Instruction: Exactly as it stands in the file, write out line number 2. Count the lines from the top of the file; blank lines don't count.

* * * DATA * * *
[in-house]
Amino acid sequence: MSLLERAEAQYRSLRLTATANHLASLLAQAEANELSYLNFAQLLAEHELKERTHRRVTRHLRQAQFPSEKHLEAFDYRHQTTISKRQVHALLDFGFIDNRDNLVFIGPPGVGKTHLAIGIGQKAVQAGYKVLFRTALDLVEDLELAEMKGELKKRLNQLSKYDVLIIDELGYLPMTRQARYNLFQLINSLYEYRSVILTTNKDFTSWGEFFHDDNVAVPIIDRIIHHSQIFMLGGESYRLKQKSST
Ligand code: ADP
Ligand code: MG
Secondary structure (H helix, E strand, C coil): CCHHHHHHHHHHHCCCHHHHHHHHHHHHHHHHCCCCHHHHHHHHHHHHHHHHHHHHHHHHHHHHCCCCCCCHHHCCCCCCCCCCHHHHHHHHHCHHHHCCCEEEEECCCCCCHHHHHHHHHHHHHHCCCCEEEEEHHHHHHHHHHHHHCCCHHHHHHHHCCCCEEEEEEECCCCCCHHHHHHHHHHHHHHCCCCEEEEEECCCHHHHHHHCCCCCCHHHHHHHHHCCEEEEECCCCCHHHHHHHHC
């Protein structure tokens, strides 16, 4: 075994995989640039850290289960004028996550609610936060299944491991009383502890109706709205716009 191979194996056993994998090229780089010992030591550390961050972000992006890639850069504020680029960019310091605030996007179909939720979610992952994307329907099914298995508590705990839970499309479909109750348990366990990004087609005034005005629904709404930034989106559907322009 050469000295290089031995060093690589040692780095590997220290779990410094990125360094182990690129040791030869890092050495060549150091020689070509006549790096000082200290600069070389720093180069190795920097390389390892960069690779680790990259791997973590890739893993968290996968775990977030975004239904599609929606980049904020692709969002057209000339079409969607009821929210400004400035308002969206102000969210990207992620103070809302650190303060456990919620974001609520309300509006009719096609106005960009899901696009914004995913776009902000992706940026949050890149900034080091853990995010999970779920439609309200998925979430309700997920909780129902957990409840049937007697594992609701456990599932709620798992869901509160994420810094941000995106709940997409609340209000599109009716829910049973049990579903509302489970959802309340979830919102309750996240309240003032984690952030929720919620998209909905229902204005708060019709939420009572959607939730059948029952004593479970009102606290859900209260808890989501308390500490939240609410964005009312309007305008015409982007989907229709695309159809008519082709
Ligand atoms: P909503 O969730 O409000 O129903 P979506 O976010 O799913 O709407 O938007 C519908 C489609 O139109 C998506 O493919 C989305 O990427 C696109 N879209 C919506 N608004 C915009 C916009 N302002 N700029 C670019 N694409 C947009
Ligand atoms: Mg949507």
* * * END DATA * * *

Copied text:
Amino acid sequence: MSLLERAEAQYRSLRLTATANHLASLLAQAEANELSYLNFAQLLAEHELKERTHRRVTRHLRQAQFPSEKHLEAFDYRHQTTISKRQVHALLDFGFIDNRDNLVFIGPPGVGKTHLAIGIGQKAVQAGYKVLFRTALDLVEDLELAEMKGELKKRLNQLSKYDVLIIDELGYLPMTRQARYNLFQLINSLYEYRSVILTTNKDFTSWGEFFHDDNVAVPIIDRIIHHSQIFMLGGESYRLKQKSST